College of Allopathic Medicine plans first class for 2018
College of Psychology Professor Barry Nierenberg, Ph.D., is part of an interdisciplinary team that is contributing to the development of NSU’s College of Allopathic Medicine.
Nierenberg is a member of the M.D. College’s admissions and curriculum committees. The committees are helping shape the college’s development as it seeks accreditation from both the Liaison Committee on Medical Education (LCME), which accredits M.D. programs in the U.S. and Canada, and the Southern Association of College and Schools Commission on Colleges (SACSCOC).
The curriculum and admissions processes are intertwined, as the college will implement problem-based learning model where students working in small groups under an advisor are tasked with figuring out a problem.
“They want to select students that will thrive in that environment,” Nierenberg said. “They also want to collect data - how did the students do on their course work, and did they become successful physicians?”
The problem-based approach will help students get real life experience in medical care, said Johannes Vieweg, M.D., the college’s Founding Dean.
“A lot of self-initiative is required, as the students drive the inquiry,” Vieweg said. “It’s not about cramming information and regurgitating it. We want the students to learn through their own experiences.”
Nierenberg said the curriculum committee is examining a hybrid of case-based learning and traditional rote instruction.
“I’m impressed by how thoughtful they are and that they’re careful in not adopting new ideas just because they’re new,” Nierenberg said.
Vieweg believes it is important to develop student leadership, as the college’s teaching model emphasizes developing future leaders, both in practice with patients and conducting research.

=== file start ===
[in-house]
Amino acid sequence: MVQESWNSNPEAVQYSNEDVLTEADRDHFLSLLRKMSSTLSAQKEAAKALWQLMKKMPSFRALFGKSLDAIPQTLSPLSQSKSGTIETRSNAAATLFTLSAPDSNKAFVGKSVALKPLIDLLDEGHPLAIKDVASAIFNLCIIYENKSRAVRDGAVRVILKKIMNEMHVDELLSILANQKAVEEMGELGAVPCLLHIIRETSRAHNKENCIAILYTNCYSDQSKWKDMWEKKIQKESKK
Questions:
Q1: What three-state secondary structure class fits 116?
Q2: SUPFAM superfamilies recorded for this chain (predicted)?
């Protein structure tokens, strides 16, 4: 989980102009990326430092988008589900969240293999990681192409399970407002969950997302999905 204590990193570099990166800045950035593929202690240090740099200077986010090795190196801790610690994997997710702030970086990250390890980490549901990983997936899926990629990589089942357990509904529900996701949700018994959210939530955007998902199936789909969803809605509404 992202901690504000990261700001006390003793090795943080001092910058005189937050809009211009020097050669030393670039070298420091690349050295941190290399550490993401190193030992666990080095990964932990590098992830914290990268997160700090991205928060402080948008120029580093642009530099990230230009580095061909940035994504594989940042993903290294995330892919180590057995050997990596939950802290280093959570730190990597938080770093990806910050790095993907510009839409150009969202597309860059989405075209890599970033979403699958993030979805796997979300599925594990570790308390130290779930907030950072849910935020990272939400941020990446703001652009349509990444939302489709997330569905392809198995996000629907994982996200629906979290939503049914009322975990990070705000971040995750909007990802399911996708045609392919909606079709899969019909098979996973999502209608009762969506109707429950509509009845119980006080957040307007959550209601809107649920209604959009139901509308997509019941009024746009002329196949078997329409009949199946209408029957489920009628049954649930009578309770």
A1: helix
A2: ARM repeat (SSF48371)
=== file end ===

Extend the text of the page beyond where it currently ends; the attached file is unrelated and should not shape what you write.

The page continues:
The college is taking an interdisciplinary approach in its development, and Vieweg said this reflects current trends in the medical field.
“It addresses issues in a better way. We’re trying to get away from being an island,” he said. “Health care and medicine are so complex, and we need partners to solve the problems of the future. We want to be inclusive and respect other specialties."
In developing the new college, Vieweg said his team is taking advantage of NSU’s existing infrastructure, whether that’s collaborating with the College of Psychology or the colleges within the Health Professions Division. Students will also benefit from learning at the new hospital that HCA East Florida will construct on NSU’s Main Campus in Davie.
The college has candidate status with the LCME and is preparing for a late summer site visit. An LCME board meeting in October will determine if the college receives preliminary accreditation. If granted, the college would receive full accreditation after graduating its first class in three years. Vieweg said the college intends to have 50 students in its first class for Fall 2018.